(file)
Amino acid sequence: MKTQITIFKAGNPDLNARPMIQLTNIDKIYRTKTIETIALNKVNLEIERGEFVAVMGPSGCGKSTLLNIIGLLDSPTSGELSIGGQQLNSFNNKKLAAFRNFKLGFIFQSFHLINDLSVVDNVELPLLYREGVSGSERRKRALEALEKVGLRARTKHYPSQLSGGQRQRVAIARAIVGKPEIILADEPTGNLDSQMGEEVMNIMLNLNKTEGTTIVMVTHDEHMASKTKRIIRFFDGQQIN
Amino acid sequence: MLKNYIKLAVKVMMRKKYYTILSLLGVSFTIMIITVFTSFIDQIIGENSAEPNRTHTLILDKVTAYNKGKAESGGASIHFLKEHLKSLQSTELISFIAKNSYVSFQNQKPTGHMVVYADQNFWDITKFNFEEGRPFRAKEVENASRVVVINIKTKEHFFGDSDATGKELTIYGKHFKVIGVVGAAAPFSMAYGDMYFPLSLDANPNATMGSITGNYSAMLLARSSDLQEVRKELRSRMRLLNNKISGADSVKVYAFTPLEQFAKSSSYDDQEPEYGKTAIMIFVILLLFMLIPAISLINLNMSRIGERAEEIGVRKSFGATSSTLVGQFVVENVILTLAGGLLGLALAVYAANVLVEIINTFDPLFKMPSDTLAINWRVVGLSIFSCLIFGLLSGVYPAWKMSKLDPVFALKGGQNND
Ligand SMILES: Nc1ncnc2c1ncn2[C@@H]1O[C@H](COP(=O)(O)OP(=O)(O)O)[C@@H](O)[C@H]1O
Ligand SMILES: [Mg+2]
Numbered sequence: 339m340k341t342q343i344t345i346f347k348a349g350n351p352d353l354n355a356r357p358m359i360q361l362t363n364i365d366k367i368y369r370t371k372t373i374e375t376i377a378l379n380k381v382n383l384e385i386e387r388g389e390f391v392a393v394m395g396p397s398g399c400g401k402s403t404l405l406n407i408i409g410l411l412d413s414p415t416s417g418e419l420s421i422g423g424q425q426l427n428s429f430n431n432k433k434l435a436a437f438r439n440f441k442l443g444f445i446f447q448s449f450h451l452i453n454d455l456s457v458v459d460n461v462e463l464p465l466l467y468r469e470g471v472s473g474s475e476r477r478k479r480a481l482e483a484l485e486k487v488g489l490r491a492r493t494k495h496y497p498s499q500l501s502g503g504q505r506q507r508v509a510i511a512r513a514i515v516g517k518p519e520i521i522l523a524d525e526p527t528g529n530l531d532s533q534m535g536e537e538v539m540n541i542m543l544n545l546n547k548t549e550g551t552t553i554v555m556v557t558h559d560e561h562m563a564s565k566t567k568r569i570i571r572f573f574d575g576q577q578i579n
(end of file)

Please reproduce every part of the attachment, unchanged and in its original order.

Amino acid sequence: MKTQITIFKAGNPDLNARPMIQLTNIDKIYRTKTIETIALNKVNLEIERGEFVAVMGPSGCGKSTLLNIIGLLDSPTSGELSIGGQQLNSFNNKKLAAFRNFKLGFIFQSFHLINDLSVVDNVELPLLYREGVSGSERRKRALEALEKVGLRARTKHYPSQLSGGQRQRVAIARAIVGKPEIILADEPTGNLDSQMGEEVMNIMLNLNKTEGTTIVMVTHDEHMASKTKRIIRFFDGQQIN
Amino acid sequence: MLKNYIKLAVKVMMRKKYYTILSLLGVSFTIMIITVFTSFIDQIIGENSAEPNRTHTLILDKVTAYNKGKAESGGASIHFLKEHLKSLQSTELISFIAKNSYVSFQNQKPTGHMVVYADQNFWDITKFNFEEGRPFRAKEVENASRVVVINIKTKEHFFGDSDATGKELTIYGKHFKVIGVVGAAAPFSMAYGDMYFPLSLDANPNATMGSITGNYSAMLLARSSDLQEVRKELRSRMRLLNNKISGADSVKVYAFTPLEQFAKSSSYDDQEPEYGKTAIMIFVILLLFMLIPAISLINLNMSRIGERAEEIGVRKSFGATSSTLVGQFVVENVILTLAGGLLGLALAVYAANVLVEIINTFDPLFKMPSDTLAINWRVVGLSIFSCLIFGLLSGVYPAWKMSKLDPVFALKGGQNND
Ligand SMILES: Nc1ncnc2c1ncn2[C@@H]1O[C@H](COP(=O)(O)OP(=O)(O)O)[C@@H](O)[C@H]1O
Ligand SMILES: [Mg+2]
Numbered sequence: 339m340k341t342q343i344t345i346f347k348a349g350n351p352d353l354n355a356r357p358m359i360q361l362t363n364i365d366k367i368y369r370t371k372t373i374e375t376i377a378l379n380k381v382n383l384e385i386e387r388g389e390f391v392a393v394m395g396p397s398g399c400g401k402s403t404l405l406n407i408i409g410l411l412d413s414p415t416s417g418e419l420s421i422g423g424q425q426l427n428s429f430n431n432k433k434l435a436a437f438r439n440f441k442l443g444f445i446f447q448s449f450h451l452i453n454d455l456s457v458v459d460n461v462e463l464p465l466l467y468r469e470g471v472s473g474s475e476r477r478k479r480a481l482e483a484l485e486k487v488g489l490r491a492r493t494k495h496y497p498s499q500l501s502g503g504q505r506q507r508v509a510i511a512r513a514i515v516g517k518p519e520i521i522l523a524d525e526p527t528g529n530l531d532s533q534m535g536e537e538v539m540n541i542m543l544n545l546n547k548t549e550g551t552t553i554v555m556v557t558h559d560e561h562m563a564s565k566t567k568r569i570i571r572f573f574d575g576q577q578i579n